The Rawlings-Blake administration introduced legislation in the City Council tonight to begin the acquisition and easement of privately owned land for the planned Red Line.
A lengthy list of easements and partial land acquisitions are required to provide a right-of-way for the controversial light-rail system. For the most part, the Red Line will run along city streets – or in the case of downtown, Fells Point and Cooks Lane – in a tunnel.
No residential properties will be demolished for the project, which is still at least a year away from federal approval and, most critically, more than $1.5 billion in needed “New Starts” transit funding.
The Rawlings-Blake administration has been pushing the project forward despite questions about how it will be financed on the state and federal level.
Under the plan submitted tonight, eight commercial properties will be acquired or condemned. They include Bambou Baltimore, a music venue on Franklintown Road; Studio 14, a recording studio; a carry-out restaurant on Fremont Avenue; a machine shop in East Baltimore; and two warehouses.
Housing Department Will Have Final Say
In addition, more than 200 houses face subterranean easements, temporary construction easements or partial property acquisitions.
In 2012, the city agreed to take the lead in acquiring the properties, with the Maryland Transit Administration reimbursing the city for its “staff, legal and real property costs.”
In addition, the city has agreed to provide, at no cost, a franchise to the MTA for all street and other city-owned property needed for the line.
Paul Graziano, commissioner of the housing department, will have final say in determining what private land or easements will be acquired for the Red Line, the proposed legislation reads.
The city Department of Real Estate – “or any other person or agency that the Board of Estimates designates” – will negotiate and buy the land. Any property that does not reach a voluntary settlement with the city will be subject to condemnation procedures.
Starting in West Baltimore, the city plans to acquire subterranean easements along the 1000, 1100 and 1200 blocks of Cooks Lane.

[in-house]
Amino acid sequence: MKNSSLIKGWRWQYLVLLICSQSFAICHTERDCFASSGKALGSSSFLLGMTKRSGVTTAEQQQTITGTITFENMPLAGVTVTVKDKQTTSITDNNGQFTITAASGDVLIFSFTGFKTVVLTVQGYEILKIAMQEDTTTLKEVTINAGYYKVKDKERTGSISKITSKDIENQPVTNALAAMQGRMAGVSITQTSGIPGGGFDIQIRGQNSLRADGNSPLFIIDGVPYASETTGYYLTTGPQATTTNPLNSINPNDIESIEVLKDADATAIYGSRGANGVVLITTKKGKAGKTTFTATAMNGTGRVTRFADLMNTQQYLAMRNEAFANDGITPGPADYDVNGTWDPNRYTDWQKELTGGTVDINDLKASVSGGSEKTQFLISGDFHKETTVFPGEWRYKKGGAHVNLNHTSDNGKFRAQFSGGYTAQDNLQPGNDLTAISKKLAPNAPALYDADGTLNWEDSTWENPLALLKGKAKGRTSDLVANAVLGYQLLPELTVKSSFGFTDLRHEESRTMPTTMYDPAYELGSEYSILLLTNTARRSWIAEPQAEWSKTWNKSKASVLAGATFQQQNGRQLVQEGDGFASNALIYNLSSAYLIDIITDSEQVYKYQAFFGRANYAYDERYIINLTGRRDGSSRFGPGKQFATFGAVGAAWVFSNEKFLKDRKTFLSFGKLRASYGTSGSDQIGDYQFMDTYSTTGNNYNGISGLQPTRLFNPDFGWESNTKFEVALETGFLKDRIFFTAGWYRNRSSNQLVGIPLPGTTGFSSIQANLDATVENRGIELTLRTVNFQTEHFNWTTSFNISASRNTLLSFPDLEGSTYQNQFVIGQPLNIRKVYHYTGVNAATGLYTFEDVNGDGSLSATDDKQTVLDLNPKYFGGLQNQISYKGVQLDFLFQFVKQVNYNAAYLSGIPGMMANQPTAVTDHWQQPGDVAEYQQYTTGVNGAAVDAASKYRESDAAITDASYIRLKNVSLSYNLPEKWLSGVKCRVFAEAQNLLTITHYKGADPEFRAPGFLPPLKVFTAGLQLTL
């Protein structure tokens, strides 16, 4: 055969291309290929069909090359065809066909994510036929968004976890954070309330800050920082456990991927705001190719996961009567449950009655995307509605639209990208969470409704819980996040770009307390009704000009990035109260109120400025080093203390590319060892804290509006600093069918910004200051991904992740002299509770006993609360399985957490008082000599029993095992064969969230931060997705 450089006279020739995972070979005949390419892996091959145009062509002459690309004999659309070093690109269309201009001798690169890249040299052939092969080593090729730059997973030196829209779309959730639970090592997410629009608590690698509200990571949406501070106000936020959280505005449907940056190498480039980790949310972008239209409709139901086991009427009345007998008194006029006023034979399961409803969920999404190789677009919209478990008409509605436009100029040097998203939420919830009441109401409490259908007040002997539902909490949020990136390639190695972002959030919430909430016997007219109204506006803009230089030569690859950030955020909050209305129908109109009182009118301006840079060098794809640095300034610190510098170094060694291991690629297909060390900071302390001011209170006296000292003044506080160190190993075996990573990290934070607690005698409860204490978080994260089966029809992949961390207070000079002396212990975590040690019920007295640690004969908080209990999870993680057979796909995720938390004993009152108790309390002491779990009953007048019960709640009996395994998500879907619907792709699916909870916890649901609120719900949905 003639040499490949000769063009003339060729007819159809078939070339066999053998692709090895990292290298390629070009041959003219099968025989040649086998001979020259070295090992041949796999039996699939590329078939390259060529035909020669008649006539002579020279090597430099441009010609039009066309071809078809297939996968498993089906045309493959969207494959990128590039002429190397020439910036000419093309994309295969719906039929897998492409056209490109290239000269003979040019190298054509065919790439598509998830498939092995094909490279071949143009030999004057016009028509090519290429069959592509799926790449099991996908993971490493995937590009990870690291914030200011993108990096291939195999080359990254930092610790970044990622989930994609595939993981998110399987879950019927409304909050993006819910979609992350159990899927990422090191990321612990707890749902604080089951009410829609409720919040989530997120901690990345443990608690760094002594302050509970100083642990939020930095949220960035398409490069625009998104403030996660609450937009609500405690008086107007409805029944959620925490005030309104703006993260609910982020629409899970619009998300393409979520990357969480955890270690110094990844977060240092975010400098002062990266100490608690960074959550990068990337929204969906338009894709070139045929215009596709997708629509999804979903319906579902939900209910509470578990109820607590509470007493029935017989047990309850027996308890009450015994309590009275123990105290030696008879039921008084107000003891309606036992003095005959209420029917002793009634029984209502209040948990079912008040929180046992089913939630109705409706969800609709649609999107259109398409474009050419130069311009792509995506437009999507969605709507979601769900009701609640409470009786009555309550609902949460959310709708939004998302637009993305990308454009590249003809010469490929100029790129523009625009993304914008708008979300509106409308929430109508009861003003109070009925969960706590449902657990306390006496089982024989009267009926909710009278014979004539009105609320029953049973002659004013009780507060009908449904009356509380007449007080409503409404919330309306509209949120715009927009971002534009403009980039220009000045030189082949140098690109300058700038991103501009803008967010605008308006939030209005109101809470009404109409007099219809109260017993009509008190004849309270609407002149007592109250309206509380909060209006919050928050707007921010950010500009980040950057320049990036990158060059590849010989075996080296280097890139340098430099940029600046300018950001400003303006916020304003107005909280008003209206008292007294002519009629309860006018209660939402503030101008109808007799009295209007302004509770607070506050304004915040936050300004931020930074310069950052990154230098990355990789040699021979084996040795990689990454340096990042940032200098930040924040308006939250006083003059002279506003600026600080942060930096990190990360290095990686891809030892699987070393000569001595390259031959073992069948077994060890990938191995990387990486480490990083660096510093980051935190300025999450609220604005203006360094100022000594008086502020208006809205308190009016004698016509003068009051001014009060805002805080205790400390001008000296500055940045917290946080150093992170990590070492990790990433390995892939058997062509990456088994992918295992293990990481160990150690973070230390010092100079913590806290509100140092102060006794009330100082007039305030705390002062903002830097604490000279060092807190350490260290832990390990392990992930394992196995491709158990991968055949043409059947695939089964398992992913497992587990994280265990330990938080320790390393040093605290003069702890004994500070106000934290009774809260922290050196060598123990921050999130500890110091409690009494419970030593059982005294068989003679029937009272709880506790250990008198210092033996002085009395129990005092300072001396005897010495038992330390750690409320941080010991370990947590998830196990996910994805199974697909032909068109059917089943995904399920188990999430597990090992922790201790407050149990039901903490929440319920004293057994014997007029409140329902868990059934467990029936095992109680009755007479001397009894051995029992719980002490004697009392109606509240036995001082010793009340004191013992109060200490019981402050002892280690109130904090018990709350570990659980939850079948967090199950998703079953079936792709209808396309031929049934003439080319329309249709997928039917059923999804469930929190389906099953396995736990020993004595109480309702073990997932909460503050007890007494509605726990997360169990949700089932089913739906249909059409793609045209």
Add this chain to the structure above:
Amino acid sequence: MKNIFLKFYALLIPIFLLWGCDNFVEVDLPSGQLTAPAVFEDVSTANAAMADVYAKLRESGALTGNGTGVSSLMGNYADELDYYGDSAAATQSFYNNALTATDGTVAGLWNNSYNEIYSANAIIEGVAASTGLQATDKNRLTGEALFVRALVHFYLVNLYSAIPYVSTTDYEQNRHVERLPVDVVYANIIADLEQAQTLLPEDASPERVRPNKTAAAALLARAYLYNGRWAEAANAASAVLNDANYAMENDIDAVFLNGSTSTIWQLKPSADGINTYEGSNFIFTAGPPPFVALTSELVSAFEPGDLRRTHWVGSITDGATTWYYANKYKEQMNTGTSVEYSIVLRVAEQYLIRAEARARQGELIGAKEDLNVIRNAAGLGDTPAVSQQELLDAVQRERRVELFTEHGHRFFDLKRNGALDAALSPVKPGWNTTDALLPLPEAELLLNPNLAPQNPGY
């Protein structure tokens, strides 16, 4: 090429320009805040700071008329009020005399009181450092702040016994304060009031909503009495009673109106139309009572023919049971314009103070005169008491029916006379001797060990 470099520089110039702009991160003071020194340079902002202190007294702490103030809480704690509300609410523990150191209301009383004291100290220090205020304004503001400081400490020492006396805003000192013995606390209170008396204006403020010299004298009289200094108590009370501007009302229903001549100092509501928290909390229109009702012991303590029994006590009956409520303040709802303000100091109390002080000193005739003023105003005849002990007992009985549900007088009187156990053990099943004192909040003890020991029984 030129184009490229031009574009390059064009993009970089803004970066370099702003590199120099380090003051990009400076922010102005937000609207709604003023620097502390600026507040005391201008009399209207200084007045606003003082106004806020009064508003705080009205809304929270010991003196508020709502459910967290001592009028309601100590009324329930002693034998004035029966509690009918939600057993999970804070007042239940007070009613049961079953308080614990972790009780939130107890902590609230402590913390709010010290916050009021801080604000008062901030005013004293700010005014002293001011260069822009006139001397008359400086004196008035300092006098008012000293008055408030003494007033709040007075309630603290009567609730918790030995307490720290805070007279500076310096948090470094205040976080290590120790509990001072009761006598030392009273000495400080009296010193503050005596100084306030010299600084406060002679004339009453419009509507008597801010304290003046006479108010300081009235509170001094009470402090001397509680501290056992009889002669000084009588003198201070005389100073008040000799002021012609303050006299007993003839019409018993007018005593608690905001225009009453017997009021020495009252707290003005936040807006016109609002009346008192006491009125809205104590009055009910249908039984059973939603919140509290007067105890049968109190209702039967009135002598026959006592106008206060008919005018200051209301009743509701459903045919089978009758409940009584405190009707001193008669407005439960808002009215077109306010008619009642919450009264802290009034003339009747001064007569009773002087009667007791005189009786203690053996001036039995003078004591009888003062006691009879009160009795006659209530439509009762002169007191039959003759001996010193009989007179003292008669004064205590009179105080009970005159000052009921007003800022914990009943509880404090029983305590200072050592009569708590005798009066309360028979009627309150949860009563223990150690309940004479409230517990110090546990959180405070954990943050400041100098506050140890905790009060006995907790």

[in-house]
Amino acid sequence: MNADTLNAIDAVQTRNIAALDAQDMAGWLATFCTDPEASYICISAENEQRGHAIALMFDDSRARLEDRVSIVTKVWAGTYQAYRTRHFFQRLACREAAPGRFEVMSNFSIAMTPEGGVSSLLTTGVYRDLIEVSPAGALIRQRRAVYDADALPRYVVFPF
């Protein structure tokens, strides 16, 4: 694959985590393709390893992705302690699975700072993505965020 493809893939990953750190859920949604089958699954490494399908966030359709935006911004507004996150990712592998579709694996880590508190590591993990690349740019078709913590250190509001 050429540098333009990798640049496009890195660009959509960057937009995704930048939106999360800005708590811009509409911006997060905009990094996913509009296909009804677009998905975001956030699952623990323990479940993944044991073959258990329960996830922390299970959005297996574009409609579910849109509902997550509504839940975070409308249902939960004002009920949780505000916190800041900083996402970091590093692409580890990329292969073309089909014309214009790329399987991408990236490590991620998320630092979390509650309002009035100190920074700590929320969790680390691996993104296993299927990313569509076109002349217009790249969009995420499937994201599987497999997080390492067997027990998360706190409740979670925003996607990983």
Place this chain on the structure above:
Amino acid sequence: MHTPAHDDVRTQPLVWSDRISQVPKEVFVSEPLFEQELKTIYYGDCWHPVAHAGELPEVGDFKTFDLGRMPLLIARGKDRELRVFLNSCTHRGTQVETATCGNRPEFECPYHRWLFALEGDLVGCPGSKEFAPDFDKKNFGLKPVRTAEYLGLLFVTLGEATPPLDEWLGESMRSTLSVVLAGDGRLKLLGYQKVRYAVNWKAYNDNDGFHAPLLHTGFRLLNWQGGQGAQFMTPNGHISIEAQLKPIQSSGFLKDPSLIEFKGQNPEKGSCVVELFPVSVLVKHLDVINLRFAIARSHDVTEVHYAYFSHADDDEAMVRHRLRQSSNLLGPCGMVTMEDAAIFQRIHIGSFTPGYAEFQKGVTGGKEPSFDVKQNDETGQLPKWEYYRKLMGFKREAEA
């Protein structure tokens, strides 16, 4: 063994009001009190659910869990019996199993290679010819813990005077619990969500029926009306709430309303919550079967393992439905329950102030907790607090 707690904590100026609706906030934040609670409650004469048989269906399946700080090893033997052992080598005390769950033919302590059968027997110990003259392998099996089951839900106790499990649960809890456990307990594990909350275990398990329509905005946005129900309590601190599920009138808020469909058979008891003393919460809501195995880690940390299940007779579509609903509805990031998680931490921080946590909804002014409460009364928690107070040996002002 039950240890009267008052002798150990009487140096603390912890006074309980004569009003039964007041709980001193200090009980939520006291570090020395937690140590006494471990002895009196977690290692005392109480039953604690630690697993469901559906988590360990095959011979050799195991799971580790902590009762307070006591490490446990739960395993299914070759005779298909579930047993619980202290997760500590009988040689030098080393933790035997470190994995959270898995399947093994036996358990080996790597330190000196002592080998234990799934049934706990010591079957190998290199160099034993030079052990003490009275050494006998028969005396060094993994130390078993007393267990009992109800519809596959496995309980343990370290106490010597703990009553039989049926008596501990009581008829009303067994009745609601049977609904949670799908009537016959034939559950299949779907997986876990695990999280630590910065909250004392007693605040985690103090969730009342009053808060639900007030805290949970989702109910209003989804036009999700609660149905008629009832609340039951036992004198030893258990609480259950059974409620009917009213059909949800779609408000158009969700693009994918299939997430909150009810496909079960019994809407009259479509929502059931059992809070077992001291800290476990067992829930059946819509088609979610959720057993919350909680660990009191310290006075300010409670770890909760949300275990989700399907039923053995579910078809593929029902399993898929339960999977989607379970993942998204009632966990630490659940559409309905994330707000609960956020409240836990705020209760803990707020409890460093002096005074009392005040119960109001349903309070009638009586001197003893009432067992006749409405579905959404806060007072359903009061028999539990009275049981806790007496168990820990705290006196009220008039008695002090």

The Red Line will run along Edmondson Avenue from Cooks Lane to Franklin Street at Poplar Grove. Along this 20-block stretch, the city plans to acquire some front-yard properties. In addition, many rowhouse front yards along Edmondson Avenue will be used by contractors, requiring temporary easements to be conveyed to the city.
The 2400-2700 blocks of Franklin Street in Rosemont will also be affected by construction, with several commercial properties slated for acquisition and demolition.
The MTA plans to build a storage yard and repair shop south around Franklintown and Calverton roads. The city has agreed to relocate its Public Works and General Services facilities in the area and deed the property to the MTA.
Highway to Nowhere
The Red Line will run along the “highway to nowhere” corridor between MARC’s West Baltimore Station and Fremont Avenue, then enter a tunnel near the University of Maryland Medical Complex.
A carry-out shop at 764 W. Baltimore Street and an adjoining building are set to be acquired by the city, according to tonight’s legislation.
The four-mile-long tunnel through downtown, Harbor East and Fells Point will require numerous subterranean easements along Eutaw Street, Hopkins Place, Light Street, Lombard Street, Market Place, Central Avenue, Fleet Street, Fountain Street and Boston Street before emerging to surface level on Boston Street near Montford Avenue.
Construction in Canton
East along Boston Street, temporary construction easements will be needed along Boston Street, Lighthouse Point East and O’Donnell Street, with a warehouse and machine shop set to be acquired in Canton and Highlandtown.
The city originally agreed to construct a new road – the Boston-O’Donnell Connector – prior to the start of Red Line construction. The Boston-O’Donnell connector has been delayed in order to help finance the Central Avenue bridge to Harbor Point.
There were no estimates tonight on how much the easements and acquisitions would cost.
The MTA is required to demonstrate “satisfactory continuing control” over the Red Line’s right-of-way before the $2.5-billion-plus project can receive federal approval.